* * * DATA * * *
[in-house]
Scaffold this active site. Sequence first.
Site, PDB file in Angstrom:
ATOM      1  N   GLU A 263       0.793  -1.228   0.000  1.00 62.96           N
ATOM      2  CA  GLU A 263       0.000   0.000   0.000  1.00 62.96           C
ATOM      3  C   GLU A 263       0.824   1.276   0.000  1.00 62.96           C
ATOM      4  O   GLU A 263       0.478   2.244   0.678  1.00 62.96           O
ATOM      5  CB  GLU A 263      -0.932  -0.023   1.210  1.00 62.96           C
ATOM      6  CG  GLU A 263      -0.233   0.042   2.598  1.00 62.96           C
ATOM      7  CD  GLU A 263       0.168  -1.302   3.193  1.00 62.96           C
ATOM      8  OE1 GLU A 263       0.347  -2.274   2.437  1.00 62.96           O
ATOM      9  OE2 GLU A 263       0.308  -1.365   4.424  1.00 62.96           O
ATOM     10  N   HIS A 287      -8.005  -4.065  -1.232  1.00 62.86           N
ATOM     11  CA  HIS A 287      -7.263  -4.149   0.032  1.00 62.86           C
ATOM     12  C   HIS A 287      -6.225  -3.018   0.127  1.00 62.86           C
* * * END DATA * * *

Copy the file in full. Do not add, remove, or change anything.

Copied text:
[in-house]
Scaffold this active site. Sequence first.
Site, PDB file in Angstrom:
ATOM      1  N   GLU A 263       0.793  -1.228   0.000  1.00 62.96           N
ATOM      2  CA  GLU A 263       0.000   0.000   0.000  1.00 62.96           C
ATOM      3  C   GLU A 263       0.824   1.276   0.000  1.00 62.96           C
ATOM      4  O   GLU A 263       0.478   2.244   0.678  1.00 62.96           O
ATOM      5  CB  GLU A 263      -0.932  -0.023   1.210  1.00 62.96           C
ATOM      6  CG  GLU A 263      -0.233   0.042   2.598  1.00 62.96           C
ATOM      7  CD  GLU A 263       0.168  -1.302   3.193  1.00 62.96           C
ATOM      8  OE1 GLU A 263       0.347  -2.274   2.437  1.00 62.96           O
ATOM      9  OE2 GLU A 263       0.308  -1.365   4.424  1.00 62.96           O
ATOM     10  N   HIS A 287      -8.005  -4.065  -1.232  1.00 62.86           N
ATOM     11  CA  HIS A 287      -7.263  -4.149   0.032  1.00 62.86           C
ATOM     12  C   HIS A 287      -6.225  -3.018   0.127  1.00 62.86           C